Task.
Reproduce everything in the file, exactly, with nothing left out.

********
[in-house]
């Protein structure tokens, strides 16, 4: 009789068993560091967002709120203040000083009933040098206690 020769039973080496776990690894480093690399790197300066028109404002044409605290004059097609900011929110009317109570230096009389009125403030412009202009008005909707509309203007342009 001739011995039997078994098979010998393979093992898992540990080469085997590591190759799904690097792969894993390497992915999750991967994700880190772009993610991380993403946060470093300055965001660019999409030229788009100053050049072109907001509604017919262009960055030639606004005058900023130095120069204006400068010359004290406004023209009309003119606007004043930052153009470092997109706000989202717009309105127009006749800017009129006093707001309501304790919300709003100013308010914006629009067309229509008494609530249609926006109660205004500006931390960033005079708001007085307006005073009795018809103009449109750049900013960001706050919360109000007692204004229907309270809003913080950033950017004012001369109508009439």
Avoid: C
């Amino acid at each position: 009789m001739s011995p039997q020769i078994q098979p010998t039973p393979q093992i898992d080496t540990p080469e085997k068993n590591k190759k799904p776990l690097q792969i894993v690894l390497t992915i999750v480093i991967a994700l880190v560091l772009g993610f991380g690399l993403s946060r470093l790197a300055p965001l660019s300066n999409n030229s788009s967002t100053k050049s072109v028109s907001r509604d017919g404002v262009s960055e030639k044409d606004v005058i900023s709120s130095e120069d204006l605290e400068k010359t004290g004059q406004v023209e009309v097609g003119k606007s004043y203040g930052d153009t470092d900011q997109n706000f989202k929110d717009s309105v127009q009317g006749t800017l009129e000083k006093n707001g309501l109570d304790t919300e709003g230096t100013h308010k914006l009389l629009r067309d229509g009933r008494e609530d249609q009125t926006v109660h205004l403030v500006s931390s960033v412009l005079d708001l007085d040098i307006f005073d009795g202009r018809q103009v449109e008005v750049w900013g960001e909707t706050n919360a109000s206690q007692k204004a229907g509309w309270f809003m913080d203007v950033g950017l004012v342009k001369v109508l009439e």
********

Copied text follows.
[in-house]
């Protein structure tokens, strides 16, 4: 009789068993560091967002709120203040000083009933040098206690 020769039973080496776990690894480093690399790197300066028109404002044409605290004059097609900011929110009317109570230096009389009125403030412009202009008005909707509309203007342009 001739011995039997078994098979010998393979093992898992540990080469085997590591190759799904690097792969894993390497992915999750991967994700880190772009993610991380993403946060470093300055965001660019999409030229788009100053050049072109907001509604017919262009960055030639606004005058900023130095120069204006400068010359004290406004023209009309003119606007004043930052153009470092997109706000989202717009309105127009006749800017009129006093707001309501304790919300709003100013308010914006629009067309229509008494609530249609926006109660205004500006931390960033005079708001007085307006005073009795018809103009449109750049900013960001706050919360109000007692204004229907309270809003913080950033950017004012001369109508009439």
Avoid: C
């Amino acid at each position: 009789m001739s011995p039997q020769i078994q098979p010998t039973p393979q093992i898992d080496t540990p080469e085997k068993n590591k190759k799904p776990l690097q792969i894993v690894l390497t992915i999750v480093i991967a994700l880190v560091l772009g993610f991380g690399l993403s946060r470093l790197a300055p965001l660019s300066n999409n030229s788009s967002t100053k050049s072109v028109s907001r509604d017919g404002v262009s960055e030639k044409d606004v005058i900023s709120s130095e120069d204006l605290e400068k010359t004290g004059q406004v023209e009309v097609g003119k606007s004043y203040g930052d153009t470092d900011q997109n706000f989202k929110d717009s309105v127009q009317g006749t800017l009129e000083k006093n707001g309501l109570d304790t919300e709003g230096t100013h308010k914006l009389l629009r067309d229509g009933r008494e609530d249609q009125t926006v109660h205004l403030v500006s931390s960033v412009l005079d708001l007085d040098i307006f005073d009795g202009r018809q103009v449109e008005v750049w900013g960001e909707t706050n919360a109000s206690q007692k204004a229907g509309w309270f809003m913080d203007v950033g950017l004012v342009k001369v109508l009439e």